Go back to article: A sustainable storage solution for the Science Museum Group

The need for a new kind of museum store

In 2010 an agreement to house the incipient Rail Industry National Archive as well as a need for environmentally controlled storage for paintings, ship models and horse-drawn carriages[1] prompted the decision to build a new store at Wroughton. The collections all required stable RH levels which could be allowed to drift moderately within the recommended set-points but the levels had to be provided by low energy consumption and reduced reliance on a mechanical and engineering system (Moore, 2013). The store would be constructed inside one of the renovated hangars (Hangar D2) which already held the archive store; planning permission would not be required and it was thought the hangar itself would provide an additional level of protection from the outside elements.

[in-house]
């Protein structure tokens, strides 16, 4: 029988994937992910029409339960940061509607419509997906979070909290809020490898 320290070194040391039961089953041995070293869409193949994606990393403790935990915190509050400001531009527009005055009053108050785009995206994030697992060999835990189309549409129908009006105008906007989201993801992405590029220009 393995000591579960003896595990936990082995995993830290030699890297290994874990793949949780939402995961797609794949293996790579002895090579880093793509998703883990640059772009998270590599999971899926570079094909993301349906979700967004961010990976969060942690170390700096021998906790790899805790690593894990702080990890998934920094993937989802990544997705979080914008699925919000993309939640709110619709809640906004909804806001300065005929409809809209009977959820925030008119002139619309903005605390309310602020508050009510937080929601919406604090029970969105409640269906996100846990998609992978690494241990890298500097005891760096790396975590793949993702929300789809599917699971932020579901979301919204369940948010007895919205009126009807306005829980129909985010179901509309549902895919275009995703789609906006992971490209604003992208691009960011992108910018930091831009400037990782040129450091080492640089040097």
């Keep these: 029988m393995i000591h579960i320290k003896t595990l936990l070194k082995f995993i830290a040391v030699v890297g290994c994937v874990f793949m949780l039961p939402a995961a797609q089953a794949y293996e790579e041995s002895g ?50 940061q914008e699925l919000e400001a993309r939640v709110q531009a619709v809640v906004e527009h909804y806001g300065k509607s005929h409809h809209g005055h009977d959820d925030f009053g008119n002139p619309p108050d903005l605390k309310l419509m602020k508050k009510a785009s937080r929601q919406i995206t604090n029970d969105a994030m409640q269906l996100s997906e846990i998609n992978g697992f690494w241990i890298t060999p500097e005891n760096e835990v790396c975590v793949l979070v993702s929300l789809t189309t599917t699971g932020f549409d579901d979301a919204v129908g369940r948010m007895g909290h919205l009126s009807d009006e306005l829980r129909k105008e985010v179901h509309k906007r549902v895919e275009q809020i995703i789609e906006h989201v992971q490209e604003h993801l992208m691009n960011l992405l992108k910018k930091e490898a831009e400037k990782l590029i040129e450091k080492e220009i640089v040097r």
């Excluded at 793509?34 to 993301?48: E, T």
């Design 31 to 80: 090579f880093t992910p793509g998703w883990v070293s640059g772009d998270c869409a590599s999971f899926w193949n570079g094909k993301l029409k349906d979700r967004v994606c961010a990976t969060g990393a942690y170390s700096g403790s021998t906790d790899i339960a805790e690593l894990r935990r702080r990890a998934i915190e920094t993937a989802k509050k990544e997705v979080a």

The design project team had members from various museum departments: Estates, Sustainable Development, Conservation & Collections Care and Curatorial (Archives). Input from Conservation and Sustainable Development led the project team to consider the use of a hygroscopic building material which would buffer RH fluctuations sufficiently to eliminate constant reliance on heating or dehumidification. Based on research from the University of Bath (Sutton et al, 2011) and results from newly constructed commercial warehouses (Bevan and Woolley, 2009; Betts, 2010), a bio-based construction concrete made from industrial hemp and lime binder was chosen, both for its buffering ability and its ecological credentials.

Component DOI: http://dx.doi.org/10.15180/150405/005